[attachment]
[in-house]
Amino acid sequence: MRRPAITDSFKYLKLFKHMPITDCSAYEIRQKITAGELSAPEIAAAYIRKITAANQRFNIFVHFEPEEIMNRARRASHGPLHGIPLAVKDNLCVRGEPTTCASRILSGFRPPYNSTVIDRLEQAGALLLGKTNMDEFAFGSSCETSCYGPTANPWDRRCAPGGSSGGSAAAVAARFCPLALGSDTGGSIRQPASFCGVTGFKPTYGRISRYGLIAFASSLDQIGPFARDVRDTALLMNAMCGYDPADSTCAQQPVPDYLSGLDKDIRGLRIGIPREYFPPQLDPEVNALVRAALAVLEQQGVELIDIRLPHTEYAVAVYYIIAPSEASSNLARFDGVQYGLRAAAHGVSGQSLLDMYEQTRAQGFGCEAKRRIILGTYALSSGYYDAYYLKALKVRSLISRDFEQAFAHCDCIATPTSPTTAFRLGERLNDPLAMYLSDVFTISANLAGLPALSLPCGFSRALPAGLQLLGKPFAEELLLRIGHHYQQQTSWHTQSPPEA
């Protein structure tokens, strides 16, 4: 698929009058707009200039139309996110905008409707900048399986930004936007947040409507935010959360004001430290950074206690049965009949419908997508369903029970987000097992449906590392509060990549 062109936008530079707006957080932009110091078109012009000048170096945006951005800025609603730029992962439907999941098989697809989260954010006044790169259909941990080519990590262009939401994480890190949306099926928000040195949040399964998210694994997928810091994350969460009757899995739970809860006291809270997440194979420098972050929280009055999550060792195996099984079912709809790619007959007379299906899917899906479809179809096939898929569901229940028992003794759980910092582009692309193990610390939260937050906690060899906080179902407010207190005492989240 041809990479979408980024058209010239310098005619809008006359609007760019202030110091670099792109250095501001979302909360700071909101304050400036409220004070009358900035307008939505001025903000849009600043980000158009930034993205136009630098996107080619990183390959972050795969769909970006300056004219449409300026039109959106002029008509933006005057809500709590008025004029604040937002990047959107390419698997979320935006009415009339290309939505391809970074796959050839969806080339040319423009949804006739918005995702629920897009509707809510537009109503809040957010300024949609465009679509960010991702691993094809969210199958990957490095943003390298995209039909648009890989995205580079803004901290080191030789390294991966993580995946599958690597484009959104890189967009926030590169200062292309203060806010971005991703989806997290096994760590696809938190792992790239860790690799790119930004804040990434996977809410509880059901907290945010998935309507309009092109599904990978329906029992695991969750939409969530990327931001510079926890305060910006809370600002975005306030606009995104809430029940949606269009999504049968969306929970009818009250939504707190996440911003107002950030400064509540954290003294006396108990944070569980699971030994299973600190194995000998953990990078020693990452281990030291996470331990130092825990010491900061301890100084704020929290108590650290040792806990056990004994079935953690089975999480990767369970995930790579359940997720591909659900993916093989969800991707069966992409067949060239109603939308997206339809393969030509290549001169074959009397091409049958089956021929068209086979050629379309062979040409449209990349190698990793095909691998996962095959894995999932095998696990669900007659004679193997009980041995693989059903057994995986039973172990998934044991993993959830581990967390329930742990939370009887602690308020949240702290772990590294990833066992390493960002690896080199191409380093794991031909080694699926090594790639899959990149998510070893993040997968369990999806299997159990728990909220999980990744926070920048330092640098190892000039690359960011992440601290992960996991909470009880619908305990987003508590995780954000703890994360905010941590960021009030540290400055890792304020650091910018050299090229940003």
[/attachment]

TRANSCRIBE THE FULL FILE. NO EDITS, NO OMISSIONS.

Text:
[in-house]
Amino acid sequence: MRRPAITDSFKYLKLFKHMPITDCSAYEIRQKITAGELSAPEIAAAYIRKITAANQRFNIFVHFEPEEIMNRARRASHGPLHGIPLAVKDNLCVRGEPTTCASRILSGFRPPYNSTVIDRLEQAGALLLGKTNMDEFAFGSSCETSCYGPTANPWDRRCAPGGSSGGSAAAVAARFCPLALGSDTGGSIRQPASFCGVTGFKPTYGRISRYGLIAFASSLDQIGPFARDVRDTALLMNAMCGYDPADSTCAQQPVPDYLSGLDKDIRGLRIGIPREYFPPQLDPEVNALVRAALAVLEQQGVELIDIRLPHTEYAVAVYYIIAPSEASSNLARFDGVQYGLRAAAHGVSGQSLLDMYEQTRAQGFGCEAKRRIILGTYALSSGYYDAYYLKALKVRSLISRDFEQAFAHCDCIATPTSPTTAFRLGERLNDPLAMYLSDVFTISANLAGLPALSLPCGFSRALPAGLQLLGKPFAEELLLRIGHHYQQQTSWHTQSPPEA
């Protein structure tokens, strides 16, 4: 698929009058707009200039139309996110905008409707900048399986930004936007947040409507935010959360004001430290950074206690049965009949419908997508369903029970987000097992449906590392509060990549 062109936008530079707006957080932009110091078109012009000048170096945006951005800025609603730029992962439907999941098989697809989260954010006044790169259909941990080519990590262009939401994480890190949306099926928000040195949040399964998210694994997928810091994350969460009757899995739970809860006291809270997440194979420098972050929280009055999550060792195996099984079912709809790619007959007379299906899917899906479809179809096939898929569901229940028992003794759980910092582009692309193990610390939260937050906690060899906080179902407010207190005492989240 041809990479979408980024058209010239310098005619809008006359609007760019202030110091670099792109250095501001979302909360700071909101304050400036409220004070009358900035307008939505001025903000849009600043980000158009930034993205136009630098996107080619990183390959972050795969769909970006300056004219449409300026039109959106002029008509933006005057809500709590008025004029604040937002990047959107390419698997979320935006009415009339290309939505391809970074796959050839969806080339040319423009949804006739918005995702629920897009509707809510537009109503809040957010300024949609465009679509960010991702691993094809969210199958990957490095943003390298995209039909648009890989995205580079803004901290080191030789390294991966993580995946599958690597484009959104890189967009926030590169200062292309203060806010971005991703989806997290096994760590696809938190792992790239860790690799790119930004804040990434996977809410509880059901907290945010998935309507309009092109599904990978329906029992695991969750939409969530990327931001510079926890305060910006809370600002975005306030606009995104809430029940949606269009999504049968969306929970009818009250939504707190996440911003107002950030400064509540954290003294006396108990944070569980699971030994299973600190194995000998953990990078020693990452281990030291996470331990130092825990010491900061301890100084704020929290108590650290040792806990056990004994079935953690089975999480990767369970995930790579359940997720591909659900993916093989969800991707069966992409067949060239109603939308997206339809393969030509290549001169074959009397091409049958089956021929068209086979050629379309062979040409449209990349190698990793095909691998996962095959894995999932095998696990669900007659004679193997009980041995693989059903057994995986039973172990998934044991993993959830581990967390329930742990939370009887602690308020949240702290772990590294990833066992390493960002690896080199191409380093794991031909080694699926090594790639899959990149998510070893993040997968369990999806299997159990728990909220999980990744926070920048330092640098190892000039690359960011992440601290992960996991909470009880619908305990987003508590995780954000703890994360905010941590960021009030540290400055890792304020650091910018050299090229940003």